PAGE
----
Sugarbag
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sugarbag and sugarbag bees

egng ubanyj
egng alko
mayi wi'a
in Uw Oykangand
in Uw Olkola
in Pakanh


Sugarbag, near Oriners Station, February 1996

Sugarbag is the honey of wild Australian stingless bees (Trigona spp., belonging to the family Apidae). The bees are called sugarbag bees.

The words above are used as the generic for any sugarbag and sugarbag bee species in each language.

There were few sweet foods available to Aboriginal people in traditional times and so sugarbag was highly prized.


sugarbag entrance, "nose"

egng ew
egng ulbmul
mayi mee'e
in Uw Oykangand
in Uw Olkola
in Pakanh


Sugarbag entrance, near Oriners Station

Different sugarbag bees make different types of entrances for their hives. Some are thick, some are fine and pointed. The entrance for this sugarbag was inside the rotted out knot of a tree.

The sugarbg entrance is important because sugarbags are classified by the shape and size of the entrace. Sugarbags are also categorized by the size and colour of the bee.

Hunting for sugarbag involves following the movements of the bees. Bees may be followed by sight flying from a nectar source to the hive. When the bees are observed entering a tree, you can tap on the outside of the trunk to find out where it is hollow.


batumen plug

egng od
egng oto or egng ulginb
mayi mangka
in Uw Oykangand
in Uw Olkola
in Pakanh

honey

egng orch
egng ojo or egng olgngg
in Uw Oykangand
in Uw Olkola


Sugarbag honey and wax inside a billycan.

Sugarbag honey is very sweet and tastes good!

After harvesting a sugarbag, the honey and wax is put into a container such as a billycan, coolamon, bark dish or shell to carry it back to camp.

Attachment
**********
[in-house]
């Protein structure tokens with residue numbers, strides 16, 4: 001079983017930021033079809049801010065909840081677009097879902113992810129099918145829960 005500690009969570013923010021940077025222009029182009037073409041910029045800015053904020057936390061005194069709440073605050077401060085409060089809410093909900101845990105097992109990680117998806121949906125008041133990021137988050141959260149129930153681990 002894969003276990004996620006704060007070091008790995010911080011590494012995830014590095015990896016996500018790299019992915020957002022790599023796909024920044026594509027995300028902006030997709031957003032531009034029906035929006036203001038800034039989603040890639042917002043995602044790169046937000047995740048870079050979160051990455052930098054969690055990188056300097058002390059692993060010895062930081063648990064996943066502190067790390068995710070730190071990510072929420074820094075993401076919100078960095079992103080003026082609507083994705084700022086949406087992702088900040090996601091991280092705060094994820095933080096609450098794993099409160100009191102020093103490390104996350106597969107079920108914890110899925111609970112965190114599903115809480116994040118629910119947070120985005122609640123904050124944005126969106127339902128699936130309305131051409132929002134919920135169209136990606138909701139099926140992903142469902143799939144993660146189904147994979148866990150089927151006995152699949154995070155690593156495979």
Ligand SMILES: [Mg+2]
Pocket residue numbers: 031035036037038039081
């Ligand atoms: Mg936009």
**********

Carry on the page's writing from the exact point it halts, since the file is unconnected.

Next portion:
sugarbag wax before squeezing it

egng ongor in Uw Oykangand and Uw Olkola

sugarbag wax after squeezing it

egng ayogol or egng oyogol
egng akamar
mayi wama
in Uw Oykangand and Uw Olkola
in Uw Olkola
in Pakanh


Sugarbag wax ball, Kowanyama Land and Natural Resources Management Office, March 1996

The wax inside a sugarbag is saturated with honey. It needs to be processed by chewing and squeezing it to remove the honey. It may then be used much as other traditional waxes, to fasten together the parts of various implements.

Sugarbag wax is very important in traditional material culture. Its uses include the following:

Sugarbag wax is softened by heating it over a fire or by chewing it. It may then be applied in the desired way, smoothed out and/or flattened with a resin pallet, and left to harden.

When being stored it is normally rolled into a ball, as shown in the accompanying image.

sugarbag wax net

egng onyen in Uw Oykangand and Uw Olkola

sugarbag pollen store

egng ubanyj
egng upanyj
mayi thupan
in Uw Oykangand
in Uw Olkola
in Pakanh

brood

egng adn
egng adna
mayi kuna
in Uw Oykangand
in Uw Olkola
in Pakanh

sugarbag grass

ug ewen in Uw Olkola

cut sugarbag

egng enychem
mayi muula
in Uw Oykangand
in Pakanh


Cut sugarbag

After harvesting a sugarbag, a portion of it may be left in place. In this case we placed the pieces of the tree trunk back in place. The bees will return, fasten the loose pieces of wood in place, and continue to build the hive and produce honey. A sugarbag may be harvested regularly in this way.

drink made from sugarbag

egng og
egng oko
in Uw Oykangand
in Uw Olkola

e-mail: Philip Hamilton.
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